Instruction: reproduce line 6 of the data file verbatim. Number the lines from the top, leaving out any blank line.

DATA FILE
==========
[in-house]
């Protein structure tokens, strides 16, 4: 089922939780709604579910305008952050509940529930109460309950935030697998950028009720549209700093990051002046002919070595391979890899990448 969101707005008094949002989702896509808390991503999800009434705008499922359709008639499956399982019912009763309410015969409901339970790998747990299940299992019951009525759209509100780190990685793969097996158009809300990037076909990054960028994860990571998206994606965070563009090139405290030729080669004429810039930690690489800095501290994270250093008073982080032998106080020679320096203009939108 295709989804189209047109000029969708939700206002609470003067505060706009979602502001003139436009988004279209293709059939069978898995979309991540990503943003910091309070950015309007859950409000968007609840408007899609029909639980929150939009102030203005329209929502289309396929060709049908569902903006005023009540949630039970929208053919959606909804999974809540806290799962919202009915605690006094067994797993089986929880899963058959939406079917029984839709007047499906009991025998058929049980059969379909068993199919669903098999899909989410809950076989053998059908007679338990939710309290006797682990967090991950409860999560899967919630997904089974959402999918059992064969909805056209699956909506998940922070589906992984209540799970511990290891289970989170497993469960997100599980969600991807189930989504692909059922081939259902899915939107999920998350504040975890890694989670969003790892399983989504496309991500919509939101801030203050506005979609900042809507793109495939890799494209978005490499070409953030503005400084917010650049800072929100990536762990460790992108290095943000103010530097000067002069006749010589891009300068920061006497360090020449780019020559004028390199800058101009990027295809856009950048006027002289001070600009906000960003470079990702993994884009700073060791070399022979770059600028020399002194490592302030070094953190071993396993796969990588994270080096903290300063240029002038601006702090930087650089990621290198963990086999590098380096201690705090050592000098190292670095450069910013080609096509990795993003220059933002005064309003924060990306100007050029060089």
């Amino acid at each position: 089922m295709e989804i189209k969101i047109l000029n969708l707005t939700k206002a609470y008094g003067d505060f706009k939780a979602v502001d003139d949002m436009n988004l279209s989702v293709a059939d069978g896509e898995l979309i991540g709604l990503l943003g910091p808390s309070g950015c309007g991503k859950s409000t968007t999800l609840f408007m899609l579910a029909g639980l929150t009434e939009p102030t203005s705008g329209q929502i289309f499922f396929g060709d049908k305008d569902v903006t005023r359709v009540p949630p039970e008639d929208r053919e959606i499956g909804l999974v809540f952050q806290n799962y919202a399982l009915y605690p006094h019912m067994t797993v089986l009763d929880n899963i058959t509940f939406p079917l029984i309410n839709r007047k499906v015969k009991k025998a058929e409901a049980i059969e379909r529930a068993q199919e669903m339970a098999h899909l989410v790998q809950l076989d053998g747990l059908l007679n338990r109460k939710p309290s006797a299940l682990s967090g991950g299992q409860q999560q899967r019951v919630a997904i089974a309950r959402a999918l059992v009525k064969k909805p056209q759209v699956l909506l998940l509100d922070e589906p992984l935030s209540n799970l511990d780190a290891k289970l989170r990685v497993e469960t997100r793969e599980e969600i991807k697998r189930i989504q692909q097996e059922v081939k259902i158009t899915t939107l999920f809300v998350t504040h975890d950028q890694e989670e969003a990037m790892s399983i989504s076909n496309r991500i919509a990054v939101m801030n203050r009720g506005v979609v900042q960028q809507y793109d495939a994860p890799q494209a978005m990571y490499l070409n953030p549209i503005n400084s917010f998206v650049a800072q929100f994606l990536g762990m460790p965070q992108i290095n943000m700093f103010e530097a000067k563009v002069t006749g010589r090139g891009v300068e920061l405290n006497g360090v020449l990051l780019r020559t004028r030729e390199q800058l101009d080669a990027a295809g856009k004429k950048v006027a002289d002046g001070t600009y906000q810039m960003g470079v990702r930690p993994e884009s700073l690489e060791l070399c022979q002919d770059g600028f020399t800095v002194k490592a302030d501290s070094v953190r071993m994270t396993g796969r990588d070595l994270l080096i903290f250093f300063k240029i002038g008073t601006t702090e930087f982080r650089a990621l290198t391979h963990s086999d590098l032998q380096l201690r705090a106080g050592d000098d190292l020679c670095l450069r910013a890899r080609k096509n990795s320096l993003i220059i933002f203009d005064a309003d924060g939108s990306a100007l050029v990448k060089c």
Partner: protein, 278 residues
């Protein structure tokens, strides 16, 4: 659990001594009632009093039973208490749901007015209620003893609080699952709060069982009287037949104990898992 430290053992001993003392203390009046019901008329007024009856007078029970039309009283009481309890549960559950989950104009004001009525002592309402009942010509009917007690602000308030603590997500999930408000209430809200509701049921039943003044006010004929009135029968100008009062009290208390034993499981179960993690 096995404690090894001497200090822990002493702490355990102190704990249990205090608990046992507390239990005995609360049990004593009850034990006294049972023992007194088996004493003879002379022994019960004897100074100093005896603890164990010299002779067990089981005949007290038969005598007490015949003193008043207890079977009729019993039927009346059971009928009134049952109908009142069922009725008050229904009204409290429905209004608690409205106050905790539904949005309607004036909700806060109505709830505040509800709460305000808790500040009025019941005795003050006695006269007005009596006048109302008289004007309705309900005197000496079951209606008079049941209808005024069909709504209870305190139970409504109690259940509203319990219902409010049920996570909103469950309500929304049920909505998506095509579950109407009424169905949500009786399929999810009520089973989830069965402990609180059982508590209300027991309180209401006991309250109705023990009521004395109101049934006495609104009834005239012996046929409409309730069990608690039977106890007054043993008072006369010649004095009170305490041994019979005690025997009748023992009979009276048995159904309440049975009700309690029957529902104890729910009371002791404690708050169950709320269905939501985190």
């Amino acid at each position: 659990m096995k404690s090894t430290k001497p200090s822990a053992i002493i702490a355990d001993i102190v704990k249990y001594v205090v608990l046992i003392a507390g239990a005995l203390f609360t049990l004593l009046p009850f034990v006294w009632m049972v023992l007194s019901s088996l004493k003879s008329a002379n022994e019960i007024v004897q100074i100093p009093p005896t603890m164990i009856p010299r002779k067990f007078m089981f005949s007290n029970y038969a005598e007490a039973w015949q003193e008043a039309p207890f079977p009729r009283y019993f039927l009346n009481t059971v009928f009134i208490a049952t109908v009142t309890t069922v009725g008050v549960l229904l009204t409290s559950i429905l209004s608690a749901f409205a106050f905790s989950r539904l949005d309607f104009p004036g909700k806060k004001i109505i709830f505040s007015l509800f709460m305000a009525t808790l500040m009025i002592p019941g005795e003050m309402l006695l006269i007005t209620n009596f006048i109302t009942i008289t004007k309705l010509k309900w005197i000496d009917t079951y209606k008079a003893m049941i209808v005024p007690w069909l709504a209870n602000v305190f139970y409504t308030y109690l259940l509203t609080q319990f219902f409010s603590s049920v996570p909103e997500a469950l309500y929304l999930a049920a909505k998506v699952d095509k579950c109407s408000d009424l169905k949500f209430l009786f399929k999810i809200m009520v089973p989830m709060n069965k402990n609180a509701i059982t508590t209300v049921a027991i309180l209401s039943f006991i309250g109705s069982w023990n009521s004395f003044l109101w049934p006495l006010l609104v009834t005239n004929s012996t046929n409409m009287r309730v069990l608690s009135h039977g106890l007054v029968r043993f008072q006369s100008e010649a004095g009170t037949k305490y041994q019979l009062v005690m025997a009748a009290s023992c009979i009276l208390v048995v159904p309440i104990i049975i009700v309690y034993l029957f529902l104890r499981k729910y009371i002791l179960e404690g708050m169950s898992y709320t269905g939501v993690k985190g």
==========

């Amino acid at each position: 659990m096995k404690s090894t430290k001497p200090s822990a053992i002493i702490a355990d001993i102190v704990k249990y001594v205090v608990l046992i003392a507390g239990a005995l203390f609360t049990l004593l009046p009850f034990v006294w009632m049972v023992l007194s019901s088996l004493k003879s008329a002379n022994e019960i007024v004897q100074i100093p009093p005896t603890m164990i009856p010299r002779k067990f007078m089981f005949s007290n029970y038969a005598e007490a039973w015949q003193e008043a039309p207890f079977p009729r009283y019993f039927l009346n009481t059971v009928f009134i208490a049952t109908v009142t309890t069922v009725g008050v549960l229904l009204t409290s559950i429905l209004s608690a749901f409205a106050f905790s989950r539904l949005d309607f104009p004036g909700k806060k004001i109505i709830f505040s007015l509800f709460m305000a009525t808790l500040m009025i002592p019941g005795e003050m309402l006695l006269i007005t209620n009596f006048i109302t009942i008289t004007k309705l010509k309900w005197i000496d009917t079951y209606k008079a003893m049941i209808v005024p007690w069909l709504a209870n602000v305190f139970y409504t308030y109690l259940l509203t609080q319990f219902f409010s603590s049920v996570p909103e997500a469950l309500y929304l999930a049920a909505k998506v699952d095509k579950c109407s408000d009424l169905k949500f209430l009786f399929k999810i809200m009520v089973p989830m709060n069965k402990n609180a509701i059982t508590t209300v049921a027991i309180l209401s039943f006991i309250g109705s069982w023990n009521s004395f003044l109101w049934p006495l006010l609104v009834t005239n004929s012996t046929n409409m009287r309730v069990l608690s009135h039977g106890l007054v029968r043993f008072q006369s100008e010649a004095g009170t037949k305490y041994q019979l009062v005690m025997a009748a009290s023992c009979i009276l208390v048995v159904p309440i104990i049975i009700v309690y034993l029957f529902l104890r499981k729910y009371i002791l179960e404690g708050m169950s898992y709320t269905g939501v993690k985190g």